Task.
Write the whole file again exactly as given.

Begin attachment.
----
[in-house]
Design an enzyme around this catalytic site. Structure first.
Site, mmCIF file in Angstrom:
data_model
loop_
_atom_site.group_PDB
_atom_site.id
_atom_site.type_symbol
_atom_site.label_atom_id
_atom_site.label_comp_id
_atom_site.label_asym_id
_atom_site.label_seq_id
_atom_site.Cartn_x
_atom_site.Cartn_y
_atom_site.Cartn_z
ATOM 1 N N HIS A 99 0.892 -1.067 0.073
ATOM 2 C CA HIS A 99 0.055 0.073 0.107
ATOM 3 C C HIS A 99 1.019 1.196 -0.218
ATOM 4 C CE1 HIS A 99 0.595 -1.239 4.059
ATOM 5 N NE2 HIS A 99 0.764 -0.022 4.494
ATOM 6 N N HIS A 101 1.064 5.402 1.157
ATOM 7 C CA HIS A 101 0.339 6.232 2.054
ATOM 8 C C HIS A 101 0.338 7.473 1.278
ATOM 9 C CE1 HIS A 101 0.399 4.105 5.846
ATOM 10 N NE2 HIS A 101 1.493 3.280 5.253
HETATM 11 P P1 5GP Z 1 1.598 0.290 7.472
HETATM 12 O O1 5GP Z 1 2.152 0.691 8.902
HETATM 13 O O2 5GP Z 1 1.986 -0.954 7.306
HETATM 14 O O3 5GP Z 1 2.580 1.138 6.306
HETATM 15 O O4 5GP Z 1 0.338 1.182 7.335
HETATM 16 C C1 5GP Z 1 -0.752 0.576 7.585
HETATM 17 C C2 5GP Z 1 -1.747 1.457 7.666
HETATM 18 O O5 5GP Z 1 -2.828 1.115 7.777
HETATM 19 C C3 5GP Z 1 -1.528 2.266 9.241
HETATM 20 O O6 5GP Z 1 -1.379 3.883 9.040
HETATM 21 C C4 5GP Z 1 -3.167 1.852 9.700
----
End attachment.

[in-house]
Design an enzyme around this catalytic site. Structure first.
Site, mmCIF file in Angstrom:
data_model
loop_
_atom_site.group_PDB
_atom_site.id
_atom_site.type_symbol
_atom_site.label_atom_id
_atom_site.label_comp_id
_atom_site.label_asym_id
_atom_site.label_seq_id
_atom_site.Cartn_x
_atom_site.Cartn_y
_atom_site.Cartn_z
ATOM 1 N N HIS A 99 0.892 -1.067 0.073
ATOM 2 C CA HIS A 99 0.055 0.073 0.107
ATOM 3 C C HIS A 99 1.019 1.196 -0.218
ATOM 4 C CE1 HIS A 99 0.595 -1.239 4.059
ATOM 5 N NE2 HIS A 99 0.764 -0.022 4.494
ATOM 6 N N HIS A 101 1.064 5.402 1.157
ATOM 7 C CA HIS A 101 0.339 6.232 2.054
ATOM 8 C C HIS A 101 0.338 7.473 1.278
ATOM 9 C CE1 HIS A 101 0.399 4.105 5.846
ATOM 10 N NE2 HIS A 101 1.493 3.280 5.253
HETATM 11 P P1 5GP Z 1 1.598 0.290 7.472
HETATM 12 O O1 5GP Z 1 2.152 0.691 8.902
HETATM 13 O O2 5GP Z 1 1.986 -0.954 7.306
HETATM 14 O O3 5GP Z 1 2.580 1.138 6.306
HETATM 15 O O4 5GP Z 1 0.338 1.182 7.335
HETATM 16 C C1 5GP Z 1 -0.752 0.576 7.585
HETATM 17 C C2 5GP Z 1 -1.747 1.457 7.666
HETATM 18 O O5 5GP Z 1 -2.828 1.115 7.777
HETATM 19 C C3 5GP Z 1 -1.528 2.266 9.241
HETATM 20 O O6 5GP Z 1 -1.379 3.883 9.040
HETATM 21 C C4 5GP Z 1 -3.167 1.852 9.700